Thursday, February 23, 2012

Dream Barn

This is the second in a series of posts I'm doing this month on the Rabbitry building or setup.  Right now, I'm utilizing a spare room in my house, but as I expand I will need to continue to reevaluate the setup.  When I imagine what my dream barn might look like, I naturally consider the wants first and then the must-haves.  To me, A dream barn, as opposed to a practical building, would be as aesthetically pleasing;-) as it is functional.  It's gotta be cute!!  Okay, it doesn't have to be cute, but it would be a nice bonus.  Dr. James McNitt, a professor of animal science at Southern University and A&M College, suggests that "ventilation, sanitation, and observation are three extremely important concepts in successful rabbit management."  Since I live in Texas, I have to also add climate control to the list.  Triple digit Texas heat waves actually push this requirement to the top of the list.  

                Lofted Barn 8' X 8' - $1865 + tax

So, with this checklist in mind, there are a couple of companies that I really like.  My favorite is  Leland's Industries.  Of the many options that they offer, my absolute favorite is the Lofted Barn.  All of their buildings are customizable and the custom options are relatively inexpensive.  For example, adding a 2' X 3' window is only $50 and an extra set of doors is $150.  I like the idea of having double doors in the front and back, so that it can be opened up to help with the airflow and to bring in lots of natural light when I'm working in the barn. 

They also offer a rent-to-own option.  Like any payment plan, it costs quite a bit more overall ($86.34/month x 36 months = $3108e), but it's a way to get the building sooner with less out of pocket up front. 

               Elizabeth House 4' X 7' - $1475 + shipping
I also like a company called The Green Chicken Coop.  It's a bit unconventional for use with rabbits, but I like the look and size of their designs.  These buildings are also very portable.  They sell wheel and handle kits ($249) too, so the unit can be easily moved whenever and wherever necessary.  

Some modifications may be necessary to use this building to house rabbits instead of chickens, but this company also offers low-cost customizable options.  Adding an electrical package is an additional $125 and extra windows are $45 each (2 are included).  This is a smaller building, but bump out options can also be added to increase the size.

Screened double doors with Plexiglas inserts
Linoleum floor (instead of slatted floor)
 
















My dream barn may not be feasible right now, but it is fun to dream.  The best option short-term may not be the best long-term solution.  I'm trying to keep both in mind, so that I don't make a mistake that I'll regret later.  That may mean a smaller building now that can be used to house bucks(?) later or it might mean a building that can be added on to in the future.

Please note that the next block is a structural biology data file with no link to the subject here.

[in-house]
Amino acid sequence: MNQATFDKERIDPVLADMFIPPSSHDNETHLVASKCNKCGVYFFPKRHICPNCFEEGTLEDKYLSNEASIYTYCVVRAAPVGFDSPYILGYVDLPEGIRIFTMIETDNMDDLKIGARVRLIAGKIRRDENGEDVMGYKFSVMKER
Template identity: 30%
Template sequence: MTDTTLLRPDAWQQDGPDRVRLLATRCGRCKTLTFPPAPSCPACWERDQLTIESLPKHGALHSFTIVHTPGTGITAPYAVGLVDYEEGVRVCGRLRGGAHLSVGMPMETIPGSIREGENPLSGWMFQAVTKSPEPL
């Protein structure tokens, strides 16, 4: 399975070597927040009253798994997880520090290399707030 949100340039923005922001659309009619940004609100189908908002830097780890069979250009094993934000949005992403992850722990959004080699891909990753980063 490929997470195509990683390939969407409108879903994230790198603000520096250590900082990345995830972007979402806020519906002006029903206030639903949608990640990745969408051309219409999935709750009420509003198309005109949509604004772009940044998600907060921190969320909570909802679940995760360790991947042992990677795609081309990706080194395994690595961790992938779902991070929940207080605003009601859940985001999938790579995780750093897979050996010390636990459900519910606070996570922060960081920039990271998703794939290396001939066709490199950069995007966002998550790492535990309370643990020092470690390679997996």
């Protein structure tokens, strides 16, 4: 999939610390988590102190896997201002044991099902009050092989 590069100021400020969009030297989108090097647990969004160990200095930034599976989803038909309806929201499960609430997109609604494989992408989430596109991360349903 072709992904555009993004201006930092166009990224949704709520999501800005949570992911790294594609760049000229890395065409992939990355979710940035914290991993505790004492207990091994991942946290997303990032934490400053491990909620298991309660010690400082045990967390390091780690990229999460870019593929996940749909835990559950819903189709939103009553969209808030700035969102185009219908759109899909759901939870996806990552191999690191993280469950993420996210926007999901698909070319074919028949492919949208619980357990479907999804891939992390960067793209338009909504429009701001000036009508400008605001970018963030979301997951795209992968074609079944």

Dr. McNitt also suggests keeping individual needs in mind when designing rabbit housing - what works well for one person may not work as well for someone else.  I think that's true, but I also learn so much from what works for others.  He adds that the rabbit housing investment will most likely be a fairly substantial one, so any blunders may have to be endured or at least worked around for years to come.   Rabbitry buildings come in all shapes and sizes, which "may mean a cage in the garage or carport, a hutch in the back yard, or a special building with cages for hundreds of animals" (click here to read article excerpts and outline or to download McNitt's full 25 page manual on rabbit housing).  I love how open most rabbit people are.  They're so willing to share what works for them.  I hope to take a little here and a little there to find what works for me. 

5 comments:

  1. I love these "dream" buildings! Thanks for posting. I'm adding those Green Chicken Coop houses to my wish list...and that Dr. Nitt manual was excellent. I downloaded it for my rabbit info file. I liked his recommendation about including an office in your plans. I hadn't seen that before in any other manual about housing. It's so important.

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  2. I just entered a contest to win the Elizabeth chicken coop! If you go to Grit Magazine's FB page & like them, you can enter there... http://www.facebook.com/GritMagazine
    I think it came up on their wall, but if it doesn't, there is a "Chick 'n Coop Giveaway" on the left that you can click on.

    I liked the idea of having an office in your bunny barn too. One of my favorite rabbit buildings is styled like a hair salon, which I think is a cool idea. The chairs are tall, backless hair salon chairs and everything is on rollers for ease of cleaning. Anyway, they have a nice office area with a rolling kitchen cart for a desk and a bulletin board above it with a calendar, dry erase board, etc. I'm probably not explaining it well, but it's very cute and looks super clean.

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